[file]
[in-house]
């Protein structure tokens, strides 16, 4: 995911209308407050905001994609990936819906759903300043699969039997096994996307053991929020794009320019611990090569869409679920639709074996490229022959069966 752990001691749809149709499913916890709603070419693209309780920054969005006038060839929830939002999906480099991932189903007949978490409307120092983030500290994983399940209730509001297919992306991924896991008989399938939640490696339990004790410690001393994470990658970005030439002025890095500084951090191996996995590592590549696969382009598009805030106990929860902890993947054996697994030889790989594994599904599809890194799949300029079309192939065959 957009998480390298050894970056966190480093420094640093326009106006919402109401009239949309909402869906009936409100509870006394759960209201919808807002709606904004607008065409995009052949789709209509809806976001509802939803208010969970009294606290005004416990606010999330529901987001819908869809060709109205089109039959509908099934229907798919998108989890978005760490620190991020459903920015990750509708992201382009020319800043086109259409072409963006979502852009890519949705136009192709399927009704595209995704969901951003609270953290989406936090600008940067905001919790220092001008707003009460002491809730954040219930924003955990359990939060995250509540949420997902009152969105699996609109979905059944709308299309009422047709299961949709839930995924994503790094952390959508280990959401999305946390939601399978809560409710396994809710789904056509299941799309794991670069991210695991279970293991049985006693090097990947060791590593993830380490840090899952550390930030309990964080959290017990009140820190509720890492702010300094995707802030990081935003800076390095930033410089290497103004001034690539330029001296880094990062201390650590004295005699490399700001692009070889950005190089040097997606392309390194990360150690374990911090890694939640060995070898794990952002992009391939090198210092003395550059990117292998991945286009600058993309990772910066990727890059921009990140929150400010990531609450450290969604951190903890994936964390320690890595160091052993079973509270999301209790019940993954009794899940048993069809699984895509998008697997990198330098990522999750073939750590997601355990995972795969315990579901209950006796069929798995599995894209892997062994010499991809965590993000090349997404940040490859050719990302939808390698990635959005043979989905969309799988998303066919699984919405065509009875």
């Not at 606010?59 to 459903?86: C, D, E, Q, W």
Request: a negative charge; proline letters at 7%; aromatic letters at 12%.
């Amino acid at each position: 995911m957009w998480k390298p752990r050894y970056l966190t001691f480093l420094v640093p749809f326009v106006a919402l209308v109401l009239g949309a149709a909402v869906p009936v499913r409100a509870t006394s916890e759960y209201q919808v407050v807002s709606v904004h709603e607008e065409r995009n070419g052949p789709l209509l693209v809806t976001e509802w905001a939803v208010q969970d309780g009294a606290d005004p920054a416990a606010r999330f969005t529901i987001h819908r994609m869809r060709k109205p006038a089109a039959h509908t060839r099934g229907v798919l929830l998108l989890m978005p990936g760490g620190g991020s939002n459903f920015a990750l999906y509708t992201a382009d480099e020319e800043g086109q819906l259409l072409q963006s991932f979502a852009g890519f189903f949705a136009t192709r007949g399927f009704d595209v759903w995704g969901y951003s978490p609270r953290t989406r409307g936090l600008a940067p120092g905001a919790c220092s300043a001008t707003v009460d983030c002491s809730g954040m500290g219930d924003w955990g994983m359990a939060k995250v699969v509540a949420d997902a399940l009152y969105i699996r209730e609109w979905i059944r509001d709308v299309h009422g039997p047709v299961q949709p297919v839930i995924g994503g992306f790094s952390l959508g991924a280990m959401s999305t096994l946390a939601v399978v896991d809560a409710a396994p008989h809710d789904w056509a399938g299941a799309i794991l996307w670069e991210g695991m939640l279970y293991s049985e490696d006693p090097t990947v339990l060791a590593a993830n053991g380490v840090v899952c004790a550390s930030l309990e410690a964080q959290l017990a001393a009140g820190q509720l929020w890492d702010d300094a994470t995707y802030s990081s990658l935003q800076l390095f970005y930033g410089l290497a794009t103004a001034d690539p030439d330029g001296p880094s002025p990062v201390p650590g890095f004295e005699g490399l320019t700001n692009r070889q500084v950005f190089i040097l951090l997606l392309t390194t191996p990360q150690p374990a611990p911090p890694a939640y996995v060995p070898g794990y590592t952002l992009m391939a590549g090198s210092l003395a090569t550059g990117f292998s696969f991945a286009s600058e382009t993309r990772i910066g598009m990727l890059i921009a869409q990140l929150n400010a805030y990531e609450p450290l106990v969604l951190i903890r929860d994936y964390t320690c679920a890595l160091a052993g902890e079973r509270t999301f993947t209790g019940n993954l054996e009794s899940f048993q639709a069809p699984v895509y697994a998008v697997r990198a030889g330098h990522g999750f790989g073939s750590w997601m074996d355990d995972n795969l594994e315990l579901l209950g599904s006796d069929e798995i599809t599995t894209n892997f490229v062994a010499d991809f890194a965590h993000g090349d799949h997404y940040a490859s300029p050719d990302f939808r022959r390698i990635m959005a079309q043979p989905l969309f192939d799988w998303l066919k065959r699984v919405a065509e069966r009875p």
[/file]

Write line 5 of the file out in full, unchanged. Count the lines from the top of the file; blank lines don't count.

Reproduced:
């Amino acid at each position: 995911m957009w998480k390298p752990r050894y970056l966190t001691f480093l420094v640093p749809f326009v106006a919402l209308v109401l009239g949309a149709a909402v869906p009936v499913r409100a509870t006394s916890e759960y209201q919808v407050v807002s709606v904004h709603e607008e065409r995009n070419g052949p789709l209509l693209v809806t976001e509802w905001a939803v208010q969970d309780g009294a606290d005004p920054a416990a606010r999330f969005t529901i987001h819908r994609m869809r060709k109205p006038a089109a039959h509908t060839r099934g229907v798919l929830l998108l989890m978005p990936g760490g620190g991020s939002n459903f920015a990750l999906y509708t992201a382009d480099e020319e800043g086109q819906l259409l072409q963006s991932f979502a852009g890519f189903f949705a136009t192709r007949g399927f009704d595209v759903w995704g969901y951003s978490p609270r953290t989406r409307g936090l600008a940067p120092g905001a919790c220092s300043a001008t707003v009460d983030c002491s809730g954040m500290g219930d924003w955990g994983m359990a939060k995250v699969v509540a949420d997902a399940l009152y969105i699996r209730e609109w979905i059944r509001d709308v299309h009422g039997p047709v299961q949709p297919v839930i995924g994503g992306f790094s952390l959508g991924a280990m959401s999305t096994l946390a939601v399978v896991d809560a409710a396994p008989h809710d789904w056509a399938g299941a799309i794991l996307w670069e991210g695991m939640l279970y293991s049985e490696d006693p090097t990947v339990l060791a590593a993830n053991g380490v840090v899952c004790a550390s930030l309990e410690a964080q959290l017990a001393a009140g820190q509720l929020w890492d702010d300094a994470t995707y802030s990081s990658l935003q800076l390095f970005y930033g410089l290497a794009t103004a001034d690539p030439d330029g001296p880094s002025p990062v201390p650590g890095f004295e005699g490399l320019t700001n692009r070889q500084v950005f190089i040097l951090l997606l392309t390194t191996p990360q150690p374990a611990p911090p890694a939640y996995v060995p070898g794990y590592t952002l992009m391939a590549g090198s210092l003395a090569t550059g990117f292998s696969f991945a286009s600058e382009t993309r990772i910066g598009m990727l890059i921009a869409q990140l929150n400010a805030y990531e609450p450290l106990v969604l951190i903890r929860d994936y964390t320690c679920a890595l160091a052993g902890e079973r509270t999301f993947t209790g019940n993954l054996e009794s899940f048993q639709a069809p699984v895509y697994a998008v697997r990198a030889g330098h990522g999750f790989g073939s750590w997601m074996d355990d995972n795969l594994e315990l579901l209950g599904s006796d069929e798995i599809t599995t894209n892997f490229v062994a010499d991809f890194a965590h993000g090349d799949h997404y940040a490859s300029p050719d990302f939808r022959r390698i990635m959005a079309q043979p989905l969309f192939d799988w998303l066919k065959r699984v919405a065509e069966r009875p």